Jalapeños have a distinct flavor and a mild heat that measures at 2,500-8,000 SHUs (Scoville heat units). It’s tough to find an exact fill in, but there are other suitable peppers and spices you can use as an alternative when you’re in a pinch.
In this article, I’ll share options for replacing jalapeños that range from other peppers to spices, and sometimes even a combination of the two. I’ve included some substitutes that might surprise you, but can be helpful in replacing jalapeño’s bite.
As a cook who’s run out of jalapeños at my restaurant, and as someone who’s had a batch of jalapeños go bad at home, here are 10 substitutes for jalapeño that can stand in for jalapeño’s heat or flavor.
In This Article
1. Serrano Peppers
Serrano peppers are my favorite go-to for replacing jalapeño. Their fresh flavor makes them a great substitute for jalapeño. They even look similar, though serrano peppers are a bit smaller.
Because of the similar flavor profiles, serrano peppers are a great stand-in for sauces and salsa that call for jalapeño. Keep in mind that serrano peppers are quite a bit spicier, with a heat level that ranges from 10,000 – 23,000 SHUs.
Try using them to make any recipe that uses jalapeño quite a bit hotter!
2. Shishito Peppers
Shishito peppers are great in recipes where you want the flavor of jalapeño without the heat. With peppers ranging from 100-1,000 SHUs, they are much milder than jalapeños.
Substitute shishito for jalapeño in salsas or garnishes you want to make milder, or if you’re preparing a dish for someone who doesn’t like spicy food.
Pro-tip: You can reduce the spice from a jalapeño itself by deseeding it! Cut the jalapeño in half, and with a spoon, carefully scoop the seeds out and discard.
3. Anaheim Peppers
Anaheim peppers are another milder substitute for jalapeño, with a spice level that ranges from 500-2,500 SHUs.
An Anaheim pepper’s flavor is about in between a bell pepper and a jalapeño, and they are much bigger than a jalapeño.
I think anaheim peppers are an especially great substitute for stuffed jalapeños, with their bigger size making them a bit easier to work with.
4. Bell Peppers
Bell peppers, like red, green, orange, and yellow peppers, don’t seem like an obvious choice to substitute for jalapeños because of their sweet flavor and low spice.
I’ve substituted bell peppers in chili because of their thick skin and texture, but what tied it together was adding cayenne to the bell peppers to replicate the jalapeño’s heat.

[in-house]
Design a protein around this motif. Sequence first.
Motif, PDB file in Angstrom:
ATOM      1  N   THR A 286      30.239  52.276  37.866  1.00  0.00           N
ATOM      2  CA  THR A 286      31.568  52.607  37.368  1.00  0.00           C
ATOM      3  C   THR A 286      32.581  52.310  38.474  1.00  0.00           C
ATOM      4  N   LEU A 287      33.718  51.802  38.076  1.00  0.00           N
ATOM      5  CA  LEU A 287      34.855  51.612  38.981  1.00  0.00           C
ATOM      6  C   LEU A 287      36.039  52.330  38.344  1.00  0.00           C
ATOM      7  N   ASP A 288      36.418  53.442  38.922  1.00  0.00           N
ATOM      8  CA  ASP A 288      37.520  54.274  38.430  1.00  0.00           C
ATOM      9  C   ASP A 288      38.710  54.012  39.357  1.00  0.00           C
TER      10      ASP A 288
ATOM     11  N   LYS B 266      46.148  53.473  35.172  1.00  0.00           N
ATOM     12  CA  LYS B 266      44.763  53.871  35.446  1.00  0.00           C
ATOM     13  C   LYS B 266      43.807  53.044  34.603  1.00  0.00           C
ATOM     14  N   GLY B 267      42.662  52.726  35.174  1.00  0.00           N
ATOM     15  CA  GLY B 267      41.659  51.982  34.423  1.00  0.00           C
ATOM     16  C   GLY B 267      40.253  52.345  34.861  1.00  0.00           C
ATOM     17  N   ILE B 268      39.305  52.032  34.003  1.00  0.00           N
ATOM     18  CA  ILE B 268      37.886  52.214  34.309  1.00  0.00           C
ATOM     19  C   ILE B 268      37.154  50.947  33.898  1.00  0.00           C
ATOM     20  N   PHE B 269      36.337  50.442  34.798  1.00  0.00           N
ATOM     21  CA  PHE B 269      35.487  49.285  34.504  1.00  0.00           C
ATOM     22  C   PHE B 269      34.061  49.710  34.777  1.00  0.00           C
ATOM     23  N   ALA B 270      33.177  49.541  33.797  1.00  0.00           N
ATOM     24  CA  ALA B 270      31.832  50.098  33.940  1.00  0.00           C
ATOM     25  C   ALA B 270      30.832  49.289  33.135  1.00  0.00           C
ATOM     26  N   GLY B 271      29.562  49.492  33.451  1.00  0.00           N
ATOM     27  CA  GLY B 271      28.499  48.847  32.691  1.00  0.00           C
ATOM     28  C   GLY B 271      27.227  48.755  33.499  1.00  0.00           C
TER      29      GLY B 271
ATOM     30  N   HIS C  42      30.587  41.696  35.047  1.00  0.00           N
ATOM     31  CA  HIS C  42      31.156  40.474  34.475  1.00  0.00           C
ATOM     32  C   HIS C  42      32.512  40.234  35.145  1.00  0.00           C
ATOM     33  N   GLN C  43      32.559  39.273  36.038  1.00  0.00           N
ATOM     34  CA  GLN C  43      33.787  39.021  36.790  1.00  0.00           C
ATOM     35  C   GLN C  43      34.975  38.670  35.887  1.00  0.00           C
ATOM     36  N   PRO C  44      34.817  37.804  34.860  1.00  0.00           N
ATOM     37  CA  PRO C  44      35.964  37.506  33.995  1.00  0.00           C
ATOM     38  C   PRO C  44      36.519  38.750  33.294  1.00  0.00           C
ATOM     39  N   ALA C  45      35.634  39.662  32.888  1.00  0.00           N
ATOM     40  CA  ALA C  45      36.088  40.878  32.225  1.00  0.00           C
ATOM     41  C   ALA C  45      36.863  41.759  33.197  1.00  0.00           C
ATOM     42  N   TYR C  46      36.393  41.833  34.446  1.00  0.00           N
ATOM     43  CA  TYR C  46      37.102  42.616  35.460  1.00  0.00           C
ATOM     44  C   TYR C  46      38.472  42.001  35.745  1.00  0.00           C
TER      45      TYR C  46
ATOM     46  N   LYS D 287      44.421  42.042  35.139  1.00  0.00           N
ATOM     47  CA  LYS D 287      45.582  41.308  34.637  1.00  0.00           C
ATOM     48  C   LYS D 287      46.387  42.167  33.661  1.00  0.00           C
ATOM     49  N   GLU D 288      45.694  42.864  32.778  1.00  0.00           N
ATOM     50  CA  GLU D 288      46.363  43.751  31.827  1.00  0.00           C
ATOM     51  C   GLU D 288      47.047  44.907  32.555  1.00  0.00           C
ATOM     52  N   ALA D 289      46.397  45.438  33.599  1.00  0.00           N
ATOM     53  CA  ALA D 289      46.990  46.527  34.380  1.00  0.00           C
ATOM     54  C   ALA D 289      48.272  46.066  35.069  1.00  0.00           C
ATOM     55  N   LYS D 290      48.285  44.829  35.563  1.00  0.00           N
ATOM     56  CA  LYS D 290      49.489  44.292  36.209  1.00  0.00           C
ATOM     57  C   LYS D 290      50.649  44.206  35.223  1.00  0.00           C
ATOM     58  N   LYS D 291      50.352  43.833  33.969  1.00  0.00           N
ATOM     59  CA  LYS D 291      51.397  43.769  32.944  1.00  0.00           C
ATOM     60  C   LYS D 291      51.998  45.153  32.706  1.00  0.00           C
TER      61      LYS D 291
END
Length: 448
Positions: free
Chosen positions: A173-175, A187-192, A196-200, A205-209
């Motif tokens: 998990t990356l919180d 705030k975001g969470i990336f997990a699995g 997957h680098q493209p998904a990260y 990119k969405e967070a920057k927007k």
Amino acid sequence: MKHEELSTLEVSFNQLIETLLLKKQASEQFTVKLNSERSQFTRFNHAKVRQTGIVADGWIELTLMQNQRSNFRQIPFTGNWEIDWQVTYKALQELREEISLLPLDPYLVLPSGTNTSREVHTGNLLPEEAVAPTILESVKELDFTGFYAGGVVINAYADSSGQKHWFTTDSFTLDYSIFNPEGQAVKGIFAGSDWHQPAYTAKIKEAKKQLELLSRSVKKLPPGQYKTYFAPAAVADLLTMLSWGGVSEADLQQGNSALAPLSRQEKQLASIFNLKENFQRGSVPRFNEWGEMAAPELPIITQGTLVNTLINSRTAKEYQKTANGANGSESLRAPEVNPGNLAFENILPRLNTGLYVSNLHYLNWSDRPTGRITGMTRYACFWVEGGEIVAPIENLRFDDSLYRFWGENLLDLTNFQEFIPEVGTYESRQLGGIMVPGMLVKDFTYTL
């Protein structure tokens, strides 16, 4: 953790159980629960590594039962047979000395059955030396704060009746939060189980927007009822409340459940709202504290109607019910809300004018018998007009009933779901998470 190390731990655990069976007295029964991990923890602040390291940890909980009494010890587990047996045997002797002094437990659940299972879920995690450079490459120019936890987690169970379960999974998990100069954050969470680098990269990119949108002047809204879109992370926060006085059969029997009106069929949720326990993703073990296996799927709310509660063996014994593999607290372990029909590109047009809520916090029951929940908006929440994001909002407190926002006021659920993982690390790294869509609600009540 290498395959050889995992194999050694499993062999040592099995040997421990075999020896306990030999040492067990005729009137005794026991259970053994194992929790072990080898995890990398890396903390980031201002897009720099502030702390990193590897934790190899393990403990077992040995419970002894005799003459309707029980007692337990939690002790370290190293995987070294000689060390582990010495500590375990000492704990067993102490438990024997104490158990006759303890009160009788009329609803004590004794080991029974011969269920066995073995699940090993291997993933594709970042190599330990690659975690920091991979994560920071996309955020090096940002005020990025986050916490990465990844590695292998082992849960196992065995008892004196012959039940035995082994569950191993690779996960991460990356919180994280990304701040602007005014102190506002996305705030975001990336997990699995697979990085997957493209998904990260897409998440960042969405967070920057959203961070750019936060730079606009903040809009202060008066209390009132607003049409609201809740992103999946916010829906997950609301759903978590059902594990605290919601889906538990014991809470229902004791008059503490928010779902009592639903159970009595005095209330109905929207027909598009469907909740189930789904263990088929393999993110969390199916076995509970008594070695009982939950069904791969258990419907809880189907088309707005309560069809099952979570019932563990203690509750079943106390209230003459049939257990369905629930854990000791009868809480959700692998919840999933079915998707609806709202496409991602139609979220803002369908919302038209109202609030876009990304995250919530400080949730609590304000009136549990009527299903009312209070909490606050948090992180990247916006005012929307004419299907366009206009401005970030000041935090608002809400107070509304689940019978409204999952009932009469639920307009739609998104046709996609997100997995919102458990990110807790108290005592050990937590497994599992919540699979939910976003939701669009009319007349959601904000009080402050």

5. Habanero Peppers
Habanero peppers have a bit of a floral and tangy flavor, but the biggest difference between them and jalapeños is heat. Habaneros are significantly spicier, ranging from 100,000-350,000 SHUs.
Habaneros are a great substitute when you want to add a lot of extra kick to your recipes.
6. Fresno Peppers
Fresno peppers are pretty similar in appearance to jalapeños. They are just a bit spicier at 2,500 to 10,000 SHUs, but also have a fruitier taste.
Fresno peppers also have thin walls, so keep that in mind when you cook them, because they will cook faster and tenderize more quickly.
Their best use as an alternative to jalapeño is as a garnish when you’re trying to replicate the look of jalapeño.
7. Jalapeño Powder
Jalapeño powder can sometimes be hard to find at the market but you can easily order it online. It is made from ground dried green jalapeños.
If you have a hard time keeping fresh jalapeño, jalapeño powder is a great shelf stable alternative that replicates the heat and flavor.
I like to use it in soups and sauces, and it is especially great in chilis when you don’t have fresh jalapeño on hand.
8. Cayenne Powder
Cayenne is a great substitute for jalapeño, and a lot of us already have it on hand!
To approximate the heat level of jalapeño, substitute ½ tsp of cayenne for one jalapeño in a recipe.
For a recipe that calls for diced or sliced jalapeño, consider mixing cayenne powder with yellow bell pepper. I’ve done this many times at restaurants when I need the texture or jalapeño but don’t have it on hand.
9. Red Pepper Flakes
Red pepper flakes are made from a mix of peppers and are a lot spicier than jalapeños, ranging from 15,000-30,000 SHUs.
I like to use them when I’m trying to substitute for the heat of jalapeño in a recipe. Add no more than a teaspoon at time, and taste as you go to mind the spice level.
Ginger might seem like a strange substitute for jalapeño, but it can work great in stir fry!
Consider using ginger to add a very mild spice to a dish.
Frequently Asked Questions
Can I use poblano instead of jalapeño?
Poblano is much milder than jalapeño, and its flavor makes it a better substitute for green bell pepper versus jalapeño.
What spice can I substitute for jalapeño?
For heat and spice, you can substitute ½ tsp of cayenne per jalapeño in a recipe. Jalapeño powder is an option that can be bought online.
What can I substitute for jalapeños in guacamole?
Serrano peppers have a similar flavor to jalapeños, but are much spicier. Keep in mind that serrano peppers can be 5-10 times spicier than a jalapeño. Mixing bell pepper with cayenne powder works great for guacamole as well.